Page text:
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Synchronous motor pitch control shuts down turbines safely

10 March, 2014

Moog has developed a closed-loop pitch-speed control system for wind turbine blades that is based on synchronous motors and is claimed to deliver up to three times more torque from standstill than systems based on induction or synchronous motors, thus ensuring that the blades move a safely to a feathered position.

The self-sensing AC Pitch Axis Servo (PAS) technology can keep the blades under closed-loop speed control even if there is a failure in the motor position feedback. This avoids the high turbine loads that might otherwise result from non-synchronised pitch speeds in the turbine.

The technology uses a new interior permanent magnet synchronous motor that was designed specifically for the application. It is said to ensure maximum efficiency during pitch operations at low speeds, and a peak torque capability of up to 3.5 times the nominal pitch torque, even under grid fault conditions. The motion control concept provides a wide field-weakening operating area to control the feathering speed, even if the grid connection is lost.

Wind turbine pitch control systems have to fulfil two key roles: first, they have to control the turbine’s speed and power when the wind speed exceeds the turbine’s rated values; and, second, they serve as an actuator for the turbine’s braking system.

To stop a three-bladed turbine, all three blades have to be moved into the feathered position. To distribute and balance the loads during feathering, all three pitch axes have to move out of the wind synchronously.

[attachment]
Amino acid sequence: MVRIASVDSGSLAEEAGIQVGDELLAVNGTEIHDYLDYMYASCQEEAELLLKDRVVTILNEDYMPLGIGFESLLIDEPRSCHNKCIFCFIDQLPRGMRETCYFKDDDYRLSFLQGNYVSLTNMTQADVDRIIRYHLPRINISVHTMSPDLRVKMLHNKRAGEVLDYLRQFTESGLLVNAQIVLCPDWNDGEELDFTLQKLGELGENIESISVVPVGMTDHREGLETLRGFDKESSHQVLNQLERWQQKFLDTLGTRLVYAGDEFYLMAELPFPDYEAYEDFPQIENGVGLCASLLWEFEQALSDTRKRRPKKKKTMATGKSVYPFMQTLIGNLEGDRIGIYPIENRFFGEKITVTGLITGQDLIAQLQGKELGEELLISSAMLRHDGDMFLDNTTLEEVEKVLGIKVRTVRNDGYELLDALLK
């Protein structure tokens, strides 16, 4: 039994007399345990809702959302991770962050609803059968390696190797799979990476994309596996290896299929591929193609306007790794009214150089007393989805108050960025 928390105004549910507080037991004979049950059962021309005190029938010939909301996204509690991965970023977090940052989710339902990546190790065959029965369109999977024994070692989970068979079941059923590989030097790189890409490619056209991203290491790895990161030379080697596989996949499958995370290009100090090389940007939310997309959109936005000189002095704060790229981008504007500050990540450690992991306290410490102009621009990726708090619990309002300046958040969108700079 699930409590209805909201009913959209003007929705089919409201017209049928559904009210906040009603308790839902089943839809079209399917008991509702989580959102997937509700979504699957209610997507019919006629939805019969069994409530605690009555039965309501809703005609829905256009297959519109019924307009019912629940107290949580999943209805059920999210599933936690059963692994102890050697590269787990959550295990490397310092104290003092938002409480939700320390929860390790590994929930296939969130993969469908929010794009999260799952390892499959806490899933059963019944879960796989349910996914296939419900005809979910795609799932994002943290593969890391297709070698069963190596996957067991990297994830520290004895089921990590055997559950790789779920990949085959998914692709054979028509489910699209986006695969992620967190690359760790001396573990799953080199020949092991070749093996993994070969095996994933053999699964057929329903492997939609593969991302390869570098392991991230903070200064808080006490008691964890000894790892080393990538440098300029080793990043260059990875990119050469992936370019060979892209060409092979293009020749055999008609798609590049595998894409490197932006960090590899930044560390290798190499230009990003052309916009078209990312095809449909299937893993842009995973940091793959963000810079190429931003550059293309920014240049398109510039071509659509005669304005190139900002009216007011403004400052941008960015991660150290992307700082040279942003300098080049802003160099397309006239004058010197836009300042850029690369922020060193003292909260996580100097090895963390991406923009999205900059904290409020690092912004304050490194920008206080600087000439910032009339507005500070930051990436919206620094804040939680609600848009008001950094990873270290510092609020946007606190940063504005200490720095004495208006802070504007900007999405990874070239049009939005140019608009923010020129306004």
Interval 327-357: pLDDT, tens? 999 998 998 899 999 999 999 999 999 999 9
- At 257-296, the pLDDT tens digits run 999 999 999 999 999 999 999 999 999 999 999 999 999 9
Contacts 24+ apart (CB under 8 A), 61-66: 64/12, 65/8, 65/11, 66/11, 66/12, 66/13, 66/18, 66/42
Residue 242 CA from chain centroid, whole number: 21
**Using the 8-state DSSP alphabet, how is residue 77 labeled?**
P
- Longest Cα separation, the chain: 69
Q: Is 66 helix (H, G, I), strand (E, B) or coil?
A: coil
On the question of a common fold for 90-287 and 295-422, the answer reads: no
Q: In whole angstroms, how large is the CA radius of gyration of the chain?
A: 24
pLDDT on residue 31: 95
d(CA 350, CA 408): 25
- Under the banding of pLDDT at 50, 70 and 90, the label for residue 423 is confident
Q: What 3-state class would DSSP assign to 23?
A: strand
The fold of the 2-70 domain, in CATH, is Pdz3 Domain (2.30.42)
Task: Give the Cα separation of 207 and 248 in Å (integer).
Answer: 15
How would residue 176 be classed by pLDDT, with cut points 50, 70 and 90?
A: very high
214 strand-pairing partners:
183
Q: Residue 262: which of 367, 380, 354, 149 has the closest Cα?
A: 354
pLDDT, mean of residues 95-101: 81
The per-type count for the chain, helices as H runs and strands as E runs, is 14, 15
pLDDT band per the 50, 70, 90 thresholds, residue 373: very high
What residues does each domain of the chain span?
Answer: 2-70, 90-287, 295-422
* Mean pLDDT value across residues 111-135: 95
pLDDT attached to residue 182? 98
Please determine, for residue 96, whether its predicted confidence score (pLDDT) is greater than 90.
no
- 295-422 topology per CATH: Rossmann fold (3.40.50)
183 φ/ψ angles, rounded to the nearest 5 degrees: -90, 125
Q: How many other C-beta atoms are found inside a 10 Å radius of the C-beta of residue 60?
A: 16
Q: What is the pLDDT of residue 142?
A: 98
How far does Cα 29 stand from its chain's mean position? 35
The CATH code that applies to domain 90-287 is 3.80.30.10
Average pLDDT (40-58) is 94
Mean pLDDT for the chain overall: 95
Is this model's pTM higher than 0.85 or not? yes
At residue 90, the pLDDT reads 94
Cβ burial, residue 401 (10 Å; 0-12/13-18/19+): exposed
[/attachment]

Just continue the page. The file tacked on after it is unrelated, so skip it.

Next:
Various open-loop control schemes are already available for the feathering drives if the pitch axis position feedback signal is lost, including hydraulic actuators, DC motor pitch actuators, and AC induction pitch actuators. But all three of these suffer from the same drawback, says Moog: the speed of each axis depends heavily on the load applied by the blade. The company claims that its new control scheme overcomes this disadvantage.

Moog says that its pitch control system will allow turbines to be shut down safely

”The solution was developed to prevent blades from sticking in the event of an encoder failure – the worst-case load scenario for a turbine,” explains Moog’s technology development manager, Dr Tobias Rösmann. “Simulations show an additional benefit: the solution also ensures a synchronised feathering speed.”

Compared to self-sensing control schemes for AC induction or synchronous motors, the new closed-loop speed control system provides up to three times the rated torque from standstill to ensure safe, high-performance movement into the feathering position.

Moog has carried out a case study on a 7MW turbine, working with Fraunhofer IWES in Kassel, Germany, to demonstrate the influence of pitch position incoherence on turbine structural loads during feathering runs.




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